A settlement of a lawsuit or criminal case in which a person or company agrees to take specific actions without admitting fault or guilt for the situation that led to the lawsuit.
A consent decree is a settlement that is contained in a court order. The court orders injunctive relief against the defendant and agrees to maintain jurisdiction over the case to ensure that the settlement is followed. (Injunctive relief is a remedy imposed by a court in which a party is instructed to do or not do something. Failure to obey the order may lead the court to find the party in Contempt and to impose other penalties.) Plaintiffs in lawsuits generally prefer consent decrees because they have the power of the court behind the agreements; defendants who wish to avoid publicity also tend to prefer such agreements because they limit the exposure of damaging details. Critics of consent decrees argue that federal district courts assert too much power over the defendant. They also contend that federal courts have imposed conditions on state and local governments in Civil Rights Cases that usurp the power of the states...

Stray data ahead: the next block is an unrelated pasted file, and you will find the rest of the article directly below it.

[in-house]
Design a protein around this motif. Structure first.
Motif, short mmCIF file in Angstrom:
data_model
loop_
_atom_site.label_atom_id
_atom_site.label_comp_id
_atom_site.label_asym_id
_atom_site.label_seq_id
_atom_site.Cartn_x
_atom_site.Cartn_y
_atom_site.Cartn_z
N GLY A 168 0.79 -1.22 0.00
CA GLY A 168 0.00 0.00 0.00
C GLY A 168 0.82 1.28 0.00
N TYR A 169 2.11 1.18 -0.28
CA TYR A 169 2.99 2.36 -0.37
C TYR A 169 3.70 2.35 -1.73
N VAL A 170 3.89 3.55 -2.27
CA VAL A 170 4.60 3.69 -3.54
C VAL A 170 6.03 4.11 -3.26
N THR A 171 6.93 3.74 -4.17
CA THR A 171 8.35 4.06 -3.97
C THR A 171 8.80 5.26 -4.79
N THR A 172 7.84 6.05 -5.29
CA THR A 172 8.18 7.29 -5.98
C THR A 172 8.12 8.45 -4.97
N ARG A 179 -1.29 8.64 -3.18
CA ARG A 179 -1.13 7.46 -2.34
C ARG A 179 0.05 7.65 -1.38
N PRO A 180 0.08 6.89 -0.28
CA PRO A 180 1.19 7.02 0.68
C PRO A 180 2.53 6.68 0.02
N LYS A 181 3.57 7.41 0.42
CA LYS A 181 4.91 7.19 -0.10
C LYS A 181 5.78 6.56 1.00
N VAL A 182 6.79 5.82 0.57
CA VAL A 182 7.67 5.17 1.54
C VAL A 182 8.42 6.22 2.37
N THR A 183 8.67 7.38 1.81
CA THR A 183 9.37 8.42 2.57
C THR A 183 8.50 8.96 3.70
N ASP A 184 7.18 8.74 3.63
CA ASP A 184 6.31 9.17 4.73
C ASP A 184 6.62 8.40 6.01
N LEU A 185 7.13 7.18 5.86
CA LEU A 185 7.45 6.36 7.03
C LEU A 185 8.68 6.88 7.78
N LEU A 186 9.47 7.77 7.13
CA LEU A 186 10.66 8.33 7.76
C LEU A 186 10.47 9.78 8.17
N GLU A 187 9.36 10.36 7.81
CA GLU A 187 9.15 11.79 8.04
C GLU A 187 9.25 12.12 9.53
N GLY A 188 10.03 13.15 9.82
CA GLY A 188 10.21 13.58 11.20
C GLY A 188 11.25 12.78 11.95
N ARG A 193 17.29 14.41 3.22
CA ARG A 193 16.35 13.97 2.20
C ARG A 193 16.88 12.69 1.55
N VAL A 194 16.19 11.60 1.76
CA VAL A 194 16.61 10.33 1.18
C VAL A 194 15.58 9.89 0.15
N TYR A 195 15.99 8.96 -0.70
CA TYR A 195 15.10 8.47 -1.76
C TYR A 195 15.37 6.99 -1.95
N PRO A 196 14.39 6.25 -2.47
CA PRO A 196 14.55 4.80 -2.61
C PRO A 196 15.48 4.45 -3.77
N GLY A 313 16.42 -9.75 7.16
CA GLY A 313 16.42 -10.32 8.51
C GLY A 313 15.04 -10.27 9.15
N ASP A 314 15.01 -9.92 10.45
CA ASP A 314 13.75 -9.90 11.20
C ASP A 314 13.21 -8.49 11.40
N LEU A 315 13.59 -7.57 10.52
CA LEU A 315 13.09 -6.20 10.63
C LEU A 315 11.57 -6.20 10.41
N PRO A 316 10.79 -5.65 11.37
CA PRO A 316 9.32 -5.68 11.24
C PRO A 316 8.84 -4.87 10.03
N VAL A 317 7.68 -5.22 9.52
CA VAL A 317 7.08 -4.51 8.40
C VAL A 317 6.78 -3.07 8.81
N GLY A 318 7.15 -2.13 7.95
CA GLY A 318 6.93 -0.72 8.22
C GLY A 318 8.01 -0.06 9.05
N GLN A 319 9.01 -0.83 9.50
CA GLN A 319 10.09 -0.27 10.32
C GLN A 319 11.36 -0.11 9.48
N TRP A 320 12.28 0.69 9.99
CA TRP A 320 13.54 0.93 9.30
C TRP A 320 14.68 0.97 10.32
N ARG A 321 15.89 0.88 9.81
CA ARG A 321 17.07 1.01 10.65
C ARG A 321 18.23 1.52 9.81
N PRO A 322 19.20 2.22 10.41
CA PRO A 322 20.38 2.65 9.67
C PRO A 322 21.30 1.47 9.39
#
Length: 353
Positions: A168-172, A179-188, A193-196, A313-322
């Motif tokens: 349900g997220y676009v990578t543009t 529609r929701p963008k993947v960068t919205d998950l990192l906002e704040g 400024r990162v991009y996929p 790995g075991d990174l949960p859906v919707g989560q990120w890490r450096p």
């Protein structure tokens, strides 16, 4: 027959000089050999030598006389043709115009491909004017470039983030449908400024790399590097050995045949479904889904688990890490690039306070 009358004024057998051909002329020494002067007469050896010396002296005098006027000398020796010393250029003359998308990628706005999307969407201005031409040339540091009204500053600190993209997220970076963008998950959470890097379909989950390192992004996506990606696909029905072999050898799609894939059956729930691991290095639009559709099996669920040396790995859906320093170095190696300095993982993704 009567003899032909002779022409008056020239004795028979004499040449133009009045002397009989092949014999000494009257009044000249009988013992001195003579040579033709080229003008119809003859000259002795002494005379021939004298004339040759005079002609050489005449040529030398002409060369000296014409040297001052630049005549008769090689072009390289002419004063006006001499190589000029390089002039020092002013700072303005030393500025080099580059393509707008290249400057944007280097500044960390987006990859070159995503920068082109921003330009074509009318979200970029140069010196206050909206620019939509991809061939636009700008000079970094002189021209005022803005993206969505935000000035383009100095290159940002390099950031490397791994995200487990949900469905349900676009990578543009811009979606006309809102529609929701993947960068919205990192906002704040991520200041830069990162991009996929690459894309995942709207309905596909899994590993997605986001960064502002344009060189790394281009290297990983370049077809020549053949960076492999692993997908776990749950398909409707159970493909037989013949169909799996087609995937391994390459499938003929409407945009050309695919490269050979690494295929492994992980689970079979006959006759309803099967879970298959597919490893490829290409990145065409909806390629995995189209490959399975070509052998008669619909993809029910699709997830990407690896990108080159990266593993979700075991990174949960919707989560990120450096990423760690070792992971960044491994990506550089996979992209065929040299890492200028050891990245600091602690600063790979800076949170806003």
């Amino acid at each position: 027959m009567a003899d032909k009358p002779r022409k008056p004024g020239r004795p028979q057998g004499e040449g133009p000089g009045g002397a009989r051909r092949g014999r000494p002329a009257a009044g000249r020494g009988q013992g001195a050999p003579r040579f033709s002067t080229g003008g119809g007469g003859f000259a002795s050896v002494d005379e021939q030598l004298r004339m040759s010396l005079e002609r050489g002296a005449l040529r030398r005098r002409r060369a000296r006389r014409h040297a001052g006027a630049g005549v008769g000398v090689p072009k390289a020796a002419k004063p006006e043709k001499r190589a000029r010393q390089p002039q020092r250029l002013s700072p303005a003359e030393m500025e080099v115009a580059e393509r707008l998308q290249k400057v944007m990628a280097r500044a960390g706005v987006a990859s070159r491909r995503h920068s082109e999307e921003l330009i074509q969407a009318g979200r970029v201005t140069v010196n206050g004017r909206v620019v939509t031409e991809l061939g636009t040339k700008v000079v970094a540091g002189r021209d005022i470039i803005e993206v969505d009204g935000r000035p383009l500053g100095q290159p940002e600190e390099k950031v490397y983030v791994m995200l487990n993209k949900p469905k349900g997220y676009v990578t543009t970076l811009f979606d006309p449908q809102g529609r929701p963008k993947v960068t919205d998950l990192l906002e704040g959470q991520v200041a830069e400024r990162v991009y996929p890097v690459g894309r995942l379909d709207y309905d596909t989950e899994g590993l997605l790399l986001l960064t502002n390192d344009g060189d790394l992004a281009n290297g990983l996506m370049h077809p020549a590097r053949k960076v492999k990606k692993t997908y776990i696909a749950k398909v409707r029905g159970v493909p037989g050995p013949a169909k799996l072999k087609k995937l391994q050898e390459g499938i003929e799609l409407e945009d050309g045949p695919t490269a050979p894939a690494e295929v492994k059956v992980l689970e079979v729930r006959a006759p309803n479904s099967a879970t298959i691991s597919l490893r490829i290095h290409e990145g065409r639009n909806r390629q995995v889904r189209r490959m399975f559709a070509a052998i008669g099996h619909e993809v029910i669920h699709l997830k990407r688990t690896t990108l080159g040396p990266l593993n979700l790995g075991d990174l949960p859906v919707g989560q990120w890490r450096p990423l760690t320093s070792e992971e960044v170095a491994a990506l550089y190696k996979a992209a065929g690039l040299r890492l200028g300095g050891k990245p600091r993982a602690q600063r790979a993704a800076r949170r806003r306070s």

... Certain types of lawsuits require a court to issue a consent decree. In Class Action settlements, Rule 23 of the Federal Rules of Procedure mandates that a federal district court must determine whether a proposed settlement is fair, adequate, and reasonable before approving it. Under the Antitrust Procedures and Penalties Act (the Tunney Act), 15 U.S.C.A. § 16(b)-(h), the court must review proposed consent decrees in antitrust suits filed by the Justice Department. The statute directs the court to review certain items, including whether the decree advances the public interest.
Alaska: No record of any past or current settlements or consent decrees. (Child Welfare)
*The posts made in this blog are of our opinion only* Without Prejudice UCC 1-207